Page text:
Connected by Mourad Boutros & Alastair Creamer

Mourad Boutros, Artist
Alastair Creamer, Writer

Connected

Alastair:
Mourad inserted the knife into the dictionary and through sheer, glorious randomness, chose the perfect word – Connected. Everyone else must be furious.

When we met, we settled on a restaurant in North London. Two men sitting at a table. Crick and Watson. Burgess and Maclean. Blair and Brown. Boutros and Creamer. We could have been anyone.

And, in a way, we’ve become like two men on a mission. We have our regular haunt – Chez Bob in Belsize Park. They gave us the same table by the window. Food has never been far away. We exchanged gifts during our first meetings – small paintings, catalogues and books slid across the table. A ceremony in itself. Secrets being passed. And so much of what he’s shown me is in beautiful code, at least to me.

Mourad is a specialist in Arabic calligraphy, typography and design. I just love handwriting. It is, literally, the signature for my business. So, from different perspectives, we share a passion for the written word. My father had a beautiful italic hand. When he died, I inherited his pen – a cigar-shaped Mont Blanc. I brought it along to one of our meetings. Mourad turned it over in his hands. It felt right.

Mourad:
The word ‘Connected’ is Al-tawasol in Arabic. I found the choice for the Arabic translation quite peculiar yet rich, as it signifies a multitude of meanings: to connect, to communicate, to continue. As the only Arabic-speaking artist in this collaboration between the Letter Exchange and 26, ‘Connected’ seems a fortuitous, and indeed inspiring, choice that brings our two languages together through connection and communication.

My task was to use the calligraphy to visually translate the richness of the word, and hence the Arabic language, by showing how both cultures can engage in dialogue. The main visual element of the artwork, written with a modern twist to Arabic calligraphy, was also accompanied with a quote from John Donne.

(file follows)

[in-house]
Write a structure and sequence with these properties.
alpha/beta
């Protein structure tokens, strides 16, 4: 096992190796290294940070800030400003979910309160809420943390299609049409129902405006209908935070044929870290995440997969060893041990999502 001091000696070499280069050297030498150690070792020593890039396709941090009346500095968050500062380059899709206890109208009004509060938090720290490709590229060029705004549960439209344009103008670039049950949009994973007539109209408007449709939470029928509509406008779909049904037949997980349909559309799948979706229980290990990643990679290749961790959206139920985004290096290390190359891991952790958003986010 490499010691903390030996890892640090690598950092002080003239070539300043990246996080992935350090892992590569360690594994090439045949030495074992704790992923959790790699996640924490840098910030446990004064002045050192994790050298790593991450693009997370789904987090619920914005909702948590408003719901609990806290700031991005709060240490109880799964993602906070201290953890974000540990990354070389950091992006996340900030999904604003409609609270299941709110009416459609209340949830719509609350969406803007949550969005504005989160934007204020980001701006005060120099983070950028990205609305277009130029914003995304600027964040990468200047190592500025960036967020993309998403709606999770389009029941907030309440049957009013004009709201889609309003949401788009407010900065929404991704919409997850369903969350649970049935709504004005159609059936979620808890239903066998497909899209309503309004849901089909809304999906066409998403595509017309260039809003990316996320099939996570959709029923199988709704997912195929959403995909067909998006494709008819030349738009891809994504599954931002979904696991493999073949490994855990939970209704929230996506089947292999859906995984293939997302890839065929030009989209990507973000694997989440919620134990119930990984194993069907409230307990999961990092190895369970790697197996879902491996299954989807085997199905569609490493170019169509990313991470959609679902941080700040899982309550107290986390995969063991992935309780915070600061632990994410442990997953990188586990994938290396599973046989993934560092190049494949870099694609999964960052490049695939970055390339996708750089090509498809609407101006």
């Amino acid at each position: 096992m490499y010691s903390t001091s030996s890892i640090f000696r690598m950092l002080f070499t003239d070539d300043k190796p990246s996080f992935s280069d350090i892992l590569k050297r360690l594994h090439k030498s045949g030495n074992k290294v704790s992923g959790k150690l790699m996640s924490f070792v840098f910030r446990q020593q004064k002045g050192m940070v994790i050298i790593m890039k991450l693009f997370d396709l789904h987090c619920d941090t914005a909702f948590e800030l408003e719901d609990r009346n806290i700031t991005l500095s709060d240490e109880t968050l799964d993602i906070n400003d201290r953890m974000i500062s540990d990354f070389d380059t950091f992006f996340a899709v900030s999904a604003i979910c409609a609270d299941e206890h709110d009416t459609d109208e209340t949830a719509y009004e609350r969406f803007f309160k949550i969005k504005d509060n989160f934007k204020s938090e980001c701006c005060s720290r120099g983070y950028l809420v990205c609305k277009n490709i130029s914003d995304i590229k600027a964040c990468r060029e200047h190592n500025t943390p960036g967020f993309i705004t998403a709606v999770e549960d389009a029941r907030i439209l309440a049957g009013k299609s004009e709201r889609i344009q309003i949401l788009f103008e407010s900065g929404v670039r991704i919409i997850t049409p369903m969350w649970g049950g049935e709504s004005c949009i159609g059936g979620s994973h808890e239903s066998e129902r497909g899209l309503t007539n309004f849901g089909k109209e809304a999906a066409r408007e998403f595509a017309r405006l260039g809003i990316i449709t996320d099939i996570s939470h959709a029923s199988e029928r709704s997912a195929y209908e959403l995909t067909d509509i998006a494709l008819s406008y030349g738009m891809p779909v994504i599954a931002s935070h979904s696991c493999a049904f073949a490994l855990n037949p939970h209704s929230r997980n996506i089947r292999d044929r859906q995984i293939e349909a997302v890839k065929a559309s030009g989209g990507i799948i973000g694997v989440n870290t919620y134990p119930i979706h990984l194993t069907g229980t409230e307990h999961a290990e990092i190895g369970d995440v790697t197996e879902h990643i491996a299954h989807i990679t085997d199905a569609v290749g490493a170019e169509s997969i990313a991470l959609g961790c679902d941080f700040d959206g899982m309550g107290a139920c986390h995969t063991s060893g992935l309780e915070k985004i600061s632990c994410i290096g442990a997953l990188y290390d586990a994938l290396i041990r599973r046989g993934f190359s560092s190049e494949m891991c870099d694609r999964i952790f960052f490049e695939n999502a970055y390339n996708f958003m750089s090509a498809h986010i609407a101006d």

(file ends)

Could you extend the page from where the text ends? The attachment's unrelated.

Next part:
Alastair:
When Mourad drew the word for me, all I could think of was to film it – you needed to see the word being created in front of you. And it was as if that would always be enough. But his idea was to write it several times, layering different iterations of the word on top of itself. As he did this, a shape began to emerge – a globe, multi-coloured, rich in swirls and hooks, loops and flecks. And that led to another thought.

My father has somehow been in the air around this collaboration and one of his favourite quotes kept coming to mind, ‘No man is an island, entire of itself; every man is a piece of the continent, a part of the main.’ It’s all about being connected without mentioning the word. It seemed a perfect fit. What would this most English of quotes look like in Arabic script?

Mourad:
I thought it would work well if Alastair’s handwriting was in the final piece so I asked him to hand-write the quote and this would be mirrored by the Arabic version.

Alastair:
Our final meeting at Chez Bob: paper was spread out amongst the remains of lunch, extra pages photocopied, pens bought, pencil guidelines faintly drawn. It took a couple of goes with Mourad gently urging me on (“Try it this way. How about smaller? Why not on one line?”). I handed over my writing to be ‘translated’ into Arabic.

Mourad:
Arabic letters have their particular rules, shapes and flow, which are not always compatible with Latin script. So, I asked Soulaf Khalifeh in my studio, to take a particular element of Alastair’s writing and ‘translate’ it to Arabic so that when both come together in this artwork, the viewer can feel a sense of connection between both languages.

Soulaf:
My aim was to have the Arabic writing maintain its own visual presence and identity while still working in harmony with the English. Both Mourad and I agreed to rearrange the composition of the piece to have the word ‘Al-tawasol’ connecting the English text with the Arabic.

Mourad:
Looking at all these elements as they come together now, I read this piece not only as a connection between two distinct cultures, but also between the art of lettering and of writing, between the visual and the verbal, which further enriches the meaning behind an artwork which holds the word ‘Connected’ at its core.

Alastair:
So this has been a truly connected collaboration – three artists, two languages, one word.

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